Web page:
Things you should know

Deadlines extended for filing ACA forms

Employers will have two more months – until March 31 – to give individuals Forms 1095-B and 1095-C forms for reporting on offers of health coverage and the coverage provided, the IRS said Dec. 28 in Notice 2016-4.

The deadlines for reporting this information to the IRS are extended by three months. The deadlines are now May 31 for those not filing electronically, and June 30 for electronic filers-versus the previous Feb. 29 due date for paper filings, and March 31 deadline for electronic returns.

Earlier in December, the passage of the appropriations bill delayed implementation of the “Cadillac tax” on high valued health plans.

Employers beware: EEOC’s recently released Performance and Accountability Report (“PAR”) shows significantly greater recoveries in FY 2015 than in FY 2014

The Equal Employment Opportunity Commission (EEOC) recovered more than half a billion dollars through litigation and other enforcement activities in Fiscal Year 2015, which ended on September 30, 2015, compared to only $318.6 million in FY 2014. The EEOC attributes the increase in part to its “record success” in resolving charges of systemic discrimination. The agency made a reasonable cause finding in 99 of the 268 (or 36%) of these systemic investigations – a rate far greater than the EEOC’s historical average. Among all EEOC initiated litigation, the greatest number of lawsuits (53) was filed under the ADA.

Comp claim costs lower when employers choose doctor

According to a new study, “Length of Disability and Medical Costs in Low Back Pain,” sponsored by the Liberty Mutual Research Institute for Safety, the average medical cost per workers’ compensation claim is lower in states where employers can choose an injured worker’s initial treating health care provider. The study was published in the December issue of the Journal of Occupational and Environmental Medicine.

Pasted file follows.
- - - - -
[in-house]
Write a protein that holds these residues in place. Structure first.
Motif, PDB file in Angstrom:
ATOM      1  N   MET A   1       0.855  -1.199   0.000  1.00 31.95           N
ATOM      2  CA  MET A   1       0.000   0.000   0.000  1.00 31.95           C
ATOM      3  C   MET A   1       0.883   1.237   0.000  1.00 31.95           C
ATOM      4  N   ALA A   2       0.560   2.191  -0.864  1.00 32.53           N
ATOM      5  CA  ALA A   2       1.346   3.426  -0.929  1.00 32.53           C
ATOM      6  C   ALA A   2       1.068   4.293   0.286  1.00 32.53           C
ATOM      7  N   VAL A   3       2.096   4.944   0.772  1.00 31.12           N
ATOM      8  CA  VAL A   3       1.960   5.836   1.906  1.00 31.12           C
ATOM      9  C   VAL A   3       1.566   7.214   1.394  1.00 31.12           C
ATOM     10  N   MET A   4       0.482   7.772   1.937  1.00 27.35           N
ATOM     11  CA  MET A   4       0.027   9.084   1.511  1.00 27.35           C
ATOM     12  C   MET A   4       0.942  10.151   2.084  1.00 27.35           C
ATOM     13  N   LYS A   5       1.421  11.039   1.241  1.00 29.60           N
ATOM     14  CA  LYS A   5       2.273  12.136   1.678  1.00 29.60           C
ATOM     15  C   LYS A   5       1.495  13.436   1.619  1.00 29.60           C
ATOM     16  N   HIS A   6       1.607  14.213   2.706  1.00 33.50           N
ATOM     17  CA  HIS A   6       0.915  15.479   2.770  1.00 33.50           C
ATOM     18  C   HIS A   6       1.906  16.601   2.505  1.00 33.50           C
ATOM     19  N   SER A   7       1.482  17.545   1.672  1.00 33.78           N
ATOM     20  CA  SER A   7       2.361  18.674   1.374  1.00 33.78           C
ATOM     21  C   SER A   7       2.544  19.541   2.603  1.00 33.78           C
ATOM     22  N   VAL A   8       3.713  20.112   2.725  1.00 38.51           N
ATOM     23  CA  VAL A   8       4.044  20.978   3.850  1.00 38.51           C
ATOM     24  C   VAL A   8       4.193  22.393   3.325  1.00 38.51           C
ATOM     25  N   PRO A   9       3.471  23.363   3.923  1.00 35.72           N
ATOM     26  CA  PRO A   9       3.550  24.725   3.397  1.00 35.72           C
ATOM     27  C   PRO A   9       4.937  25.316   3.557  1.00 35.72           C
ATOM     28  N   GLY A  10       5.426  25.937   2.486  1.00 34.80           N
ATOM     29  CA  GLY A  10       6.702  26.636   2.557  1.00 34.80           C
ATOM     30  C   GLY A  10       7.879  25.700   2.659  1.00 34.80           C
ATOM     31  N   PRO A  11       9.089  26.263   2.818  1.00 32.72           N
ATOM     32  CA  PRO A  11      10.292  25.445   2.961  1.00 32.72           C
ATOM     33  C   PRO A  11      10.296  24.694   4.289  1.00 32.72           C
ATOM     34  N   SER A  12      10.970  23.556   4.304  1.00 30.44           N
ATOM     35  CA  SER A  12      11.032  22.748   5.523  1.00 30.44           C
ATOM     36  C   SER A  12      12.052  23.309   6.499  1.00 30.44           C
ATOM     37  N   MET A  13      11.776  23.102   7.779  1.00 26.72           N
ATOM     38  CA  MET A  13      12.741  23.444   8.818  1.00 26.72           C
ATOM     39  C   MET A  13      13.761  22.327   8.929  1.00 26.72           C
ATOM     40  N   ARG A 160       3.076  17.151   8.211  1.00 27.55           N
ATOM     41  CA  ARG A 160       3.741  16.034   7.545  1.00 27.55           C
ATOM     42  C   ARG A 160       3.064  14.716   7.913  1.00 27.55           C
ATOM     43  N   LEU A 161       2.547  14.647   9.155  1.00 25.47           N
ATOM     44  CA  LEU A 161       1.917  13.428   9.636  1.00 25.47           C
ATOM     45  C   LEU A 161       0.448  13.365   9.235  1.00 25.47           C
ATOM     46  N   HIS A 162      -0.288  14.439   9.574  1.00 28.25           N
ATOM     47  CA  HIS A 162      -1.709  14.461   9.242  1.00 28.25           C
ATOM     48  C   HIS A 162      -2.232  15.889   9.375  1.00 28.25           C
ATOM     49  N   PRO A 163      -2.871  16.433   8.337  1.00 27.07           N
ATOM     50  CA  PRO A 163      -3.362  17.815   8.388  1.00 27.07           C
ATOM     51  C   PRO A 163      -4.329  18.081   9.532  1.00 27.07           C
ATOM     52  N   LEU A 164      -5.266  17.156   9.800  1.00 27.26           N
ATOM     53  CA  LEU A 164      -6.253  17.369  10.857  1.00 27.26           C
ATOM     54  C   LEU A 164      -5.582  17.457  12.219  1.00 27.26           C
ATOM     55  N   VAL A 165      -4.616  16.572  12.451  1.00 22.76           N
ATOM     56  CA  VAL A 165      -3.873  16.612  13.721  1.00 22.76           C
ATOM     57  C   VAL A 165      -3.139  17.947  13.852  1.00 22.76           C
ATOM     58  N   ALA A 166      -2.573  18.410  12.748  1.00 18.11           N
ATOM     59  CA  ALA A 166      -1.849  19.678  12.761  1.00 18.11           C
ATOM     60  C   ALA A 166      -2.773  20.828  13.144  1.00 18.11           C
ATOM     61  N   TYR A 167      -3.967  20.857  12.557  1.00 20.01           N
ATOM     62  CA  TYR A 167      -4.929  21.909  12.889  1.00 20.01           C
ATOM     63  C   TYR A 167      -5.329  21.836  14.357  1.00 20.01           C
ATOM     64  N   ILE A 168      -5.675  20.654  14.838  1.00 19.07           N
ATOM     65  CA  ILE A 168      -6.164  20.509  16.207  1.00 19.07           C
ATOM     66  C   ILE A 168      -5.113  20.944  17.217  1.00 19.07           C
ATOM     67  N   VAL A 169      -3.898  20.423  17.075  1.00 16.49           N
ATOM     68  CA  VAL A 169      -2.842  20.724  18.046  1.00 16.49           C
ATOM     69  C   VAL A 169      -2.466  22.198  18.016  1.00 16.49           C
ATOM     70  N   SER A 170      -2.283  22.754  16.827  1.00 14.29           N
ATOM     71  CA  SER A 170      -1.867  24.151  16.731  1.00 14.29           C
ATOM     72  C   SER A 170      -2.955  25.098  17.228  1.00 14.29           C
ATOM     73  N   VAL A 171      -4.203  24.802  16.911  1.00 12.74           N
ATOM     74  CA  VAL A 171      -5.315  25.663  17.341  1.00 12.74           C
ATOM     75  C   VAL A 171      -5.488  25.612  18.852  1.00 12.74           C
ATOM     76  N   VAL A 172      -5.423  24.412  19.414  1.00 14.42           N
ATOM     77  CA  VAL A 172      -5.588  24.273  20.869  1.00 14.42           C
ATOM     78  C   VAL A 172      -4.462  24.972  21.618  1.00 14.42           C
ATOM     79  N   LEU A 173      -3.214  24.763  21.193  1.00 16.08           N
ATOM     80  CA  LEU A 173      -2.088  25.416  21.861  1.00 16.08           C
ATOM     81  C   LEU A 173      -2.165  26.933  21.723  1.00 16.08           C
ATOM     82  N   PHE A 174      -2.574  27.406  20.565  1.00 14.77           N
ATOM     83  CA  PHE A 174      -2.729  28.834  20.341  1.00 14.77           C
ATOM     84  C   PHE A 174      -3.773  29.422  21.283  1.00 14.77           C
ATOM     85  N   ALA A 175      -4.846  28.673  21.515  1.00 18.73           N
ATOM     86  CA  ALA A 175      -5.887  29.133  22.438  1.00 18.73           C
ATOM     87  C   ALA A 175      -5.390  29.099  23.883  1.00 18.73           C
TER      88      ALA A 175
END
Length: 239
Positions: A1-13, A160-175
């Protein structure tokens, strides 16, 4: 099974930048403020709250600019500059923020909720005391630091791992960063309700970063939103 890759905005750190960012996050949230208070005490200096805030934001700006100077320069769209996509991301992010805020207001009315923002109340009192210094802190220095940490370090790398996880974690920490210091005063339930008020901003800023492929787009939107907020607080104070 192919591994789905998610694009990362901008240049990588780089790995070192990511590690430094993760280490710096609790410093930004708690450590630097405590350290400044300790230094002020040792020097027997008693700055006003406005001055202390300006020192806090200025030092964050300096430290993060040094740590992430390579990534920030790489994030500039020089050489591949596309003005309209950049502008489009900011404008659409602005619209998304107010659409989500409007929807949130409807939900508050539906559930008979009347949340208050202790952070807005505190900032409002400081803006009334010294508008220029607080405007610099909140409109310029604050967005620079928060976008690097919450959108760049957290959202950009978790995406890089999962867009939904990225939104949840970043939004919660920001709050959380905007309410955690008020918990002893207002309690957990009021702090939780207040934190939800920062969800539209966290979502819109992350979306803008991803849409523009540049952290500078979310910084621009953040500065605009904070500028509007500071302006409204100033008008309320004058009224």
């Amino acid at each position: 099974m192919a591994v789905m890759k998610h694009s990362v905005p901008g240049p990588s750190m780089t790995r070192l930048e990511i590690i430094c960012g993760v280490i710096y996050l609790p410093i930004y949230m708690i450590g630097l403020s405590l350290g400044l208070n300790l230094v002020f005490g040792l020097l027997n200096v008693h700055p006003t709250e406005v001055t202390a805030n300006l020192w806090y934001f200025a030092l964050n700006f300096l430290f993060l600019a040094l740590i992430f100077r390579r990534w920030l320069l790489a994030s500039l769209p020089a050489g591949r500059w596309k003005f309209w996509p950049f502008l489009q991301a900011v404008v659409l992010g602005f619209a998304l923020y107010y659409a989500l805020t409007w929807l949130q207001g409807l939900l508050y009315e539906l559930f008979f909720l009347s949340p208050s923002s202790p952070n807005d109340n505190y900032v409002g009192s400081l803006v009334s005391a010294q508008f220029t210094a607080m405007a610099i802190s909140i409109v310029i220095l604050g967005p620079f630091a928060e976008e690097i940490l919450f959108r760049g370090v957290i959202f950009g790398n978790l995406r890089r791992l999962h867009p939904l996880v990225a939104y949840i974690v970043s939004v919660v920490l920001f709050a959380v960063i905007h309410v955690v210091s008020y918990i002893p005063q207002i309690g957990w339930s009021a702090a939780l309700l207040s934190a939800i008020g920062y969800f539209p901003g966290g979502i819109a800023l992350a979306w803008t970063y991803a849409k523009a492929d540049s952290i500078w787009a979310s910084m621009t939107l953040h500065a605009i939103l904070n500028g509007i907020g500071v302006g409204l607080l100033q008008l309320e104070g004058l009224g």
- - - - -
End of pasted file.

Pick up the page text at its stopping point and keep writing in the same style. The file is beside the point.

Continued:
Electronic logging devices to be required in commercial truck and bus industries

The U.S. Department of Transportation’s Federal Motor Carrier Safety Administration (FMCSA) issued a Final Rule that employs automated technology to strengthen commercial truck and bus drivers’ compliance with hours-of-service regulations.

New regulation protects truck and bus drivers from coercion

A new regulation issued by the FMCSA will give commercial truck and bus drivers additional protection from being coerced into violating federal motor carrier safety regulations. The rule, which was proposed in May 2014, goes into effect on January 29, 2016. It prohibits any entity that operates a commercial motor vehicle in interstate commerce from coercing a driver and gives FMCSA enforcement authority over shippers, receivers, and transportation intermediaries, as well as motor carriers.

FMCSA pulls carrier safety data from public website

FMCSA no longer will publicly display most information involving motor carriers’ safety performances. The changes were effective on Dec. 4. Although the new law allows FMCSA to continue to display some safety performance data, the agency has decided to pull all information while “appropriate changes are made. “Safety data will continue to be made available to motor carriers and enforcement users who submit proper login information. Any qualified parties who need a personal identification number may submit a request.

Helpful infographic on head, shoulder, knee and toe injuries and PPE

Magid created a new infographic to help safety managers and workers discover common work-related injuries, costs and prevention options.

Trench Right App promotes worker safety

A recently developed mobile app aims to protect workers who take part in excavation and trenching activities. Sponsored by the Michigan Infrastructure and Transportation Association, the Trench Right App performs calculations to help workers determine whether potential excavations are safe enough to be completed. Users input the dimensions, soil type and tons-per-square-foot reading from their penetrometer, and the free app uses the information to determine whether the worksite is safe.

No emergency showers, PPE for jewelry industry workers in Rhode Island

A lack of emergency shower and eye wash facilities were among the safety deficiencies found by the National Institute for Occupational Safety and Health (NIOSH) in an investigation into the potential hazards in the Rhode Island jewelry industry. Among NIOSH’s findings: workers often did not know what compound they were working with and were not aware of potential toxicities.

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